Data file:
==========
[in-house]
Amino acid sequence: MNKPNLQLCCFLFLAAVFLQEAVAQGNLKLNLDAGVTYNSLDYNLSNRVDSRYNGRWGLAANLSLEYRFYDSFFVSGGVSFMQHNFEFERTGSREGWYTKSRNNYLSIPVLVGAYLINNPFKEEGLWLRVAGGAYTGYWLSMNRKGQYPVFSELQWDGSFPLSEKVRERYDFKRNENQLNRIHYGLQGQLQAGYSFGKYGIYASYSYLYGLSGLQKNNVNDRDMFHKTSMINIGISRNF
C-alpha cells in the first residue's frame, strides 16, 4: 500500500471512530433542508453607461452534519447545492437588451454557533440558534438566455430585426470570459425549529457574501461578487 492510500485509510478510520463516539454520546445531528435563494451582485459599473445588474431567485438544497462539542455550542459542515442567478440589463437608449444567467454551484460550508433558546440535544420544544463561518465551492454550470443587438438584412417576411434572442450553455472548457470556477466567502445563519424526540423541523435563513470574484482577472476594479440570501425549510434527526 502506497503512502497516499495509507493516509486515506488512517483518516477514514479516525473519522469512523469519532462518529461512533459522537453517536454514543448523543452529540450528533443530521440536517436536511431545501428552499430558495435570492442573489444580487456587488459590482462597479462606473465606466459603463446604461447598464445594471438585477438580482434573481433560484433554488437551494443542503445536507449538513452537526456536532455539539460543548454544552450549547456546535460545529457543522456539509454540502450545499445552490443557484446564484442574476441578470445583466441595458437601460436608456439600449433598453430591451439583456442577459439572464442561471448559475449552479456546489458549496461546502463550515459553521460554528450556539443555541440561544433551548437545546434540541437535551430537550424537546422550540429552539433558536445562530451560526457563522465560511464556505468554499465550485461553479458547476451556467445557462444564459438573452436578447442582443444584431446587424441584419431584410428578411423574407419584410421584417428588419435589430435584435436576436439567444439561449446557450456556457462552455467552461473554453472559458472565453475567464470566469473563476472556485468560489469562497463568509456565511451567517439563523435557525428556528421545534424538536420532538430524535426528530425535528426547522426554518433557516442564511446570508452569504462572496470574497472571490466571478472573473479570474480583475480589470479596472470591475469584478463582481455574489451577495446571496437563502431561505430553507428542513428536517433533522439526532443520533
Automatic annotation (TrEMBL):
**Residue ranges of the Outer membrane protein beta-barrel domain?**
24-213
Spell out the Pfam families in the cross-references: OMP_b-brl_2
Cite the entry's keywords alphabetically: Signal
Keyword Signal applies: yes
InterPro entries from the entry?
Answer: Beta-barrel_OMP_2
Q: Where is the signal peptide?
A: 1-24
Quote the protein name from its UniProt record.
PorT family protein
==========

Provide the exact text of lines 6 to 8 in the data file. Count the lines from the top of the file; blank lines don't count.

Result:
24-213
Spell out the Pfam families in the cross-references: OMP_b-brl_2
Cite the entry's keywords alphabetically: Signal